Tom: For me Blue Öyster Cult are occult rock in the way that it isn’t like witchcraft or Satanism, it’s the real occult, as in mystery and secrecy. Some of their lyrics are written by Patti Smith, which is really weird. I take a lot of inspiration from it in the way that we do Green Lung, as in lots of symbols that we don’t explain. What I love about BOC is that they never explained what a song was about, they were all really sinister. They’ve got lots of phrases that seem to have occult meaning, but maybe they don’t. So I think they are the definition of an occult rock band, and Secret Treaties is an amazing album. Career Of Evil is probably the most evil song ever, even though it’s really jaunty.  

5. Goblin - Suspiria Soundtrack (1977)


Scott: I couldn’t think of many films where the soundtrack is as perfect for it in terms of the visual and the vibe.  It's generally terrifying, and it's got this really heavy and ritualistic element to it which is really cool. It evokes that sense of paranormal fear, and it's so evocative. My favourite song is the one where a guy for about three minutes just goes 'WITCH! WITCH!'. I think that is just about as on the nose as you can get in terms of lyrics.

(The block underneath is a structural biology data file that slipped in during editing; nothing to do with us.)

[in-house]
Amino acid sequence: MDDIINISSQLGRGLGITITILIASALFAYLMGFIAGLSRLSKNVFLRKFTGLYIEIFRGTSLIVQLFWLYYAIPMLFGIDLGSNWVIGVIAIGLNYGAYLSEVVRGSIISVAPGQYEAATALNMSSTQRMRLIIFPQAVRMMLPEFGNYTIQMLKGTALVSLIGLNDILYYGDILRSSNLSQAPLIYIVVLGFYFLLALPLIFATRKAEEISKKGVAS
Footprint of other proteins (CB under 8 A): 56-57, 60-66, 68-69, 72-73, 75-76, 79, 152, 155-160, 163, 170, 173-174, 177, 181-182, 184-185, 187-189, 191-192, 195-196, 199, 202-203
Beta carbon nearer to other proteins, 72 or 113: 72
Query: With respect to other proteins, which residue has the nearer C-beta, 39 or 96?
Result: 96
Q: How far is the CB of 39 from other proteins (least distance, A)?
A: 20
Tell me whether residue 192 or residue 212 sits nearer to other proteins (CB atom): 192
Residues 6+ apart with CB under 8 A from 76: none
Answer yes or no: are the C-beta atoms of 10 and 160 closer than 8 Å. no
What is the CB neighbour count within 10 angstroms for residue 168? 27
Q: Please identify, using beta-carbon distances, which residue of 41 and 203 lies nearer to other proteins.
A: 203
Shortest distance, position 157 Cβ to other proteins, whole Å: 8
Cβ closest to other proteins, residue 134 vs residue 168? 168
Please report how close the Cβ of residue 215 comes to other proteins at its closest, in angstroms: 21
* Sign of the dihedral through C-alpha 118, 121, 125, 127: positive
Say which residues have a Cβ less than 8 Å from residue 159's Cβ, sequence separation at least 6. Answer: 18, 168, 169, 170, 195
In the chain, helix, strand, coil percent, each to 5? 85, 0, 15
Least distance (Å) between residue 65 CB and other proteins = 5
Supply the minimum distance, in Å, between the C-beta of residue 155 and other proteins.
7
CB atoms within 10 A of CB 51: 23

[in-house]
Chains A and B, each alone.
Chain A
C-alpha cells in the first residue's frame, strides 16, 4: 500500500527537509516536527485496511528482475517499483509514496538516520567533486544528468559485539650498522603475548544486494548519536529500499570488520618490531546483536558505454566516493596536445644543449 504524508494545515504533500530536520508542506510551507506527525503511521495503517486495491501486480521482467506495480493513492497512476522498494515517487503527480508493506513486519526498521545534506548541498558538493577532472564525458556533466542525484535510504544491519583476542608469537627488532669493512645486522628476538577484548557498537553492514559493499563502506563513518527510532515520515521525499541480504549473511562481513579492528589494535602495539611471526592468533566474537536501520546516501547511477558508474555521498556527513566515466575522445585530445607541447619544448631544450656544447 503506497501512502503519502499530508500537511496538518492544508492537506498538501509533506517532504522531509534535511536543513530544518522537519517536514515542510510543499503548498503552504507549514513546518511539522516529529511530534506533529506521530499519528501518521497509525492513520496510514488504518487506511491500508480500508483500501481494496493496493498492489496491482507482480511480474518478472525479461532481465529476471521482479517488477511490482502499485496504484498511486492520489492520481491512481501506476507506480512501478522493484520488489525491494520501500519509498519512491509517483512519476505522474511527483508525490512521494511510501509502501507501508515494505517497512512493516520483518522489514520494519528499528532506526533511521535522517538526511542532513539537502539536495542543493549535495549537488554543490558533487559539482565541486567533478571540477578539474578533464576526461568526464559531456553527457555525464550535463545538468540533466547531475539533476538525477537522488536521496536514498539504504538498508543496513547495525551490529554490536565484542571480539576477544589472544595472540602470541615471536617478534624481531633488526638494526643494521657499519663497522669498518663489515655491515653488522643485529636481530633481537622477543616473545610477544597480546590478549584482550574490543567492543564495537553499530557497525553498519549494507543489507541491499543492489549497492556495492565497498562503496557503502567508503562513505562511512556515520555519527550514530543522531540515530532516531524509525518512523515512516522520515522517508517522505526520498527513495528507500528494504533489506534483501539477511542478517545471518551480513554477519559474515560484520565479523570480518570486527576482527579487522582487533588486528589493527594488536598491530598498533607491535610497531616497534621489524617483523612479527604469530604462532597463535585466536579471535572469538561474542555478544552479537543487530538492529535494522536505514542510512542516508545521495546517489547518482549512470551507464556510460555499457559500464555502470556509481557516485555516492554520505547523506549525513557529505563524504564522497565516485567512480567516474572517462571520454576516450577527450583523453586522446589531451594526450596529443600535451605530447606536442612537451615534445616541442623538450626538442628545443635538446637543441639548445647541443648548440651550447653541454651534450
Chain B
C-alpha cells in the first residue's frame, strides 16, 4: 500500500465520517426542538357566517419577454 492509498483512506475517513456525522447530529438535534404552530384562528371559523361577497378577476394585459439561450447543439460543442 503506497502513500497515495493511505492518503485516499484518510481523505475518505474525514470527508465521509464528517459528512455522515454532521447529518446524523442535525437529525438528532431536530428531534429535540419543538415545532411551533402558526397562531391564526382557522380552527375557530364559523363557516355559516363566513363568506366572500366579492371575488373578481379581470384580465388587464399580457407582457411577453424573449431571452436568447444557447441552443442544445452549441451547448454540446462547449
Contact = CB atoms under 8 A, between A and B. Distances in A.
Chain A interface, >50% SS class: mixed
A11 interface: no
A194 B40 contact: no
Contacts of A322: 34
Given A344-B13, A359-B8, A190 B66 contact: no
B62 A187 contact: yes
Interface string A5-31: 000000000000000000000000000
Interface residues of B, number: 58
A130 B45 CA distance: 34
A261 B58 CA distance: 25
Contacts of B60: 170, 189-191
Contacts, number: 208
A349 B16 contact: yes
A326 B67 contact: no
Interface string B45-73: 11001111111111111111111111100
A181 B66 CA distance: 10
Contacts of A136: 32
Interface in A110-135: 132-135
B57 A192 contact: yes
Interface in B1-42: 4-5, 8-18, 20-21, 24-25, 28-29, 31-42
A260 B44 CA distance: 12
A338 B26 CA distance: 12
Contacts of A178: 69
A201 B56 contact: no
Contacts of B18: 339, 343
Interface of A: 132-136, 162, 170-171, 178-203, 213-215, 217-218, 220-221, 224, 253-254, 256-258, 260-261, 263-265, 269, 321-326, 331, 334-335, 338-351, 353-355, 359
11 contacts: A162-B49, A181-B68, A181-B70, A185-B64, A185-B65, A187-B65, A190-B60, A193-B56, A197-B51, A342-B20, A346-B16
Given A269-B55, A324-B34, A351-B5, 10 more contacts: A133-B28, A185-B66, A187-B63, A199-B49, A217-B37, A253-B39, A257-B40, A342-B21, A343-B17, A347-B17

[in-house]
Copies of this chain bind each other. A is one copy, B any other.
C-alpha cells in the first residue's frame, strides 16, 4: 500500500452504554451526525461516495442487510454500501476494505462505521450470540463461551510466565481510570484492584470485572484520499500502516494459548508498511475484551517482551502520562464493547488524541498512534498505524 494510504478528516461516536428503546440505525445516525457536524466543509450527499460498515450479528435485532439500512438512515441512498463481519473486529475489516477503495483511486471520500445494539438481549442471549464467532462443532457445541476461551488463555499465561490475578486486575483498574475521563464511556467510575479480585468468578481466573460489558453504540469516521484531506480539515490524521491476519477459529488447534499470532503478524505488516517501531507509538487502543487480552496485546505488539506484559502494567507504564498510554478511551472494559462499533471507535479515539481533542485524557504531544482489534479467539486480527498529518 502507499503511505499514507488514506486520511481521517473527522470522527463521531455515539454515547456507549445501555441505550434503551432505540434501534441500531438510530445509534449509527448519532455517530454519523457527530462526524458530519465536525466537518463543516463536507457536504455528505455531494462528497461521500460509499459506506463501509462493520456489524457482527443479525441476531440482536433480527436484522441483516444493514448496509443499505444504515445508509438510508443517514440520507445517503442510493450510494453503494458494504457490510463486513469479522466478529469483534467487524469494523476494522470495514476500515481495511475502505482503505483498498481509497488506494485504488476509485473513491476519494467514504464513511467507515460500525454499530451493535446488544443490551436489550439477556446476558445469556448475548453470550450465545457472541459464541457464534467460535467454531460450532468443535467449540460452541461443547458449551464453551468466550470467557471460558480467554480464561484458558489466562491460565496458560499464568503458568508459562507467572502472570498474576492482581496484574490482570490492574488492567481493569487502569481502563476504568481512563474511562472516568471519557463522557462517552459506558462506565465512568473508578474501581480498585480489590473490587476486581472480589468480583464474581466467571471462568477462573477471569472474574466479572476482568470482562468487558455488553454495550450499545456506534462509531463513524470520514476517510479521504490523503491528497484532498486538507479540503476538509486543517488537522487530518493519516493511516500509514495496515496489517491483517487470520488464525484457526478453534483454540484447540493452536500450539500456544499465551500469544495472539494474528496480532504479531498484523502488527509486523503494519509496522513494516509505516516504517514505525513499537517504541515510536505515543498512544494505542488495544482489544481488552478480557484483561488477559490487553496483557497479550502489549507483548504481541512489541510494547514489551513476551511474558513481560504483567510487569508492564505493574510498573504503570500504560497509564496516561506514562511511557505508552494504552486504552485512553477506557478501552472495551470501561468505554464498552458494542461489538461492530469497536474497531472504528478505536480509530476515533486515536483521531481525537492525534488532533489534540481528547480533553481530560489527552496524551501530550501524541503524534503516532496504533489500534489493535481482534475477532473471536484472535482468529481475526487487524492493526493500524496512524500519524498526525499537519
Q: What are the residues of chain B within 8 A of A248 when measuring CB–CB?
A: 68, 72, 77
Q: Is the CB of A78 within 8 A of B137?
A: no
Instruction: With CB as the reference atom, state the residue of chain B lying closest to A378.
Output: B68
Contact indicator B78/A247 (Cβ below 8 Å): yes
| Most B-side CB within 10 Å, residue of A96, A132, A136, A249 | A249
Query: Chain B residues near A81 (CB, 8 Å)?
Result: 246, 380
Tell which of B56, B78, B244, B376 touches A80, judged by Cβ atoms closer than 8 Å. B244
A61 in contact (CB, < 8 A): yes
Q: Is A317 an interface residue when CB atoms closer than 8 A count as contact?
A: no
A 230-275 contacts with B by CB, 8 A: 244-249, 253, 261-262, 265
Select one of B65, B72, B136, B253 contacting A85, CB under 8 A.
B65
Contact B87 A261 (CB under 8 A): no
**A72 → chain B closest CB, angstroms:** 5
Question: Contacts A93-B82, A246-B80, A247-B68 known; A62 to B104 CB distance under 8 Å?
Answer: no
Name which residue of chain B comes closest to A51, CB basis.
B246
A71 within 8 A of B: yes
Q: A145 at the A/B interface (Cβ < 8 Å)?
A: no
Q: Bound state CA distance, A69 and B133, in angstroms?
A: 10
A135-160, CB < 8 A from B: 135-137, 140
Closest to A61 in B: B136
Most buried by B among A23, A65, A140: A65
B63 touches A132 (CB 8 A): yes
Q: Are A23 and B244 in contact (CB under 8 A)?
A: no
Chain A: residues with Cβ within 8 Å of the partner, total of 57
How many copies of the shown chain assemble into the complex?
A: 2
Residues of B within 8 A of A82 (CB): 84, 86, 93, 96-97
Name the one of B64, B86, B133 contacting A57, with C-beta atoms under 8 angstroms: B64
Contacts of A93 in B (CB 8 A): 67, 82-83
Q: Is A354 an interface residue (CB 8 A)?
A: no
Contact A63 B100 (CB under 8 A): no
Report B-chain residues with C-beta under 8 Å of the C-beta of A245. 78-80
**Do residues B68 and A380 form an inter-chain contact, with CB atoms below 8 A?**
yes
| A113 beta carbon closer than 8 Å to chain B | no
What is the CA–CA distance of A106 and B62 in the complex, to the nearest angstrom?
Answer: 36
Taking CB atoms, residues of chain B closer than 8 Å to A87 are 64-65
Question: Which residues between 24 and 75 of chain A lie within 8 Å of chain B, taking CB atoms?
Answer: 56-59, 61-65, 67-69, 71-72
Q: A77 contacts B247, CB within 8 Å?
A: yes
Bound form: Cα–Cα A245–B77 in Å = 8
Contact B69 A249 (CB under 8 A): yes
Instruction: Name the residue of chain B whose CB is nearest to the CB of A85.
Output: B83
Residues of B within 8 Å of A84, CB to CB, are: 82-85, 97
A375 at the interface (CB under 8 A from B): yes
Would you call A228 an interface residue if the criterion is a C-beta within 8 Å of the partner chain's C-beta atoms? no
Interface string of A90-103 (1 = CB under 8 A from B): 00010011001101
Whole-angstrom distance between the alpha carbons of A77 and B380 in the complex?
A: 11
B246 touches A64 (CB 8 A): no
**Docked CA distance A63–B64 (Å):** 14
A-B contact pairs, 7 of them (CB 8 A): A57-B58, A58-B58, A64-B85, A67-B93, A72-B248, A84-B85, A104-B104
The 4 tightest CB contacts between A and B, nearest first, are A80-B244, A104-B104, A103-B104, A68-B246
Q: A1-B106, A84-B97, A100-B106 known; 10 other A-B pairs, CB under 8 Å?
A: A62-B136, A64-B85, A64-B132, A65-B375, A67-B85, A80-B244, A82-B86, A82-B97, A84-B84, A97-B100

6. Witchfinder General - Death Penalty (1982)


Tom: Death Penalty has the most insane album cover ever, it features these puritans killing a Page 3 model in a graveyard. It’s the most tasteless jacket of all time, and we did a gender role reversal flip of it on our Free The Witch EP on the back, where the witches are tearing up a guy. Witchfinder General are really odd because they sound like a fast Black Sabbath, and every song is about witch finding and it's set in Essex in the Civil War era. Also, it’s kind of like pissed-up party music, it’s not scary for me. It makes me want to drive a really shit motorbike through a market town and kick stuff...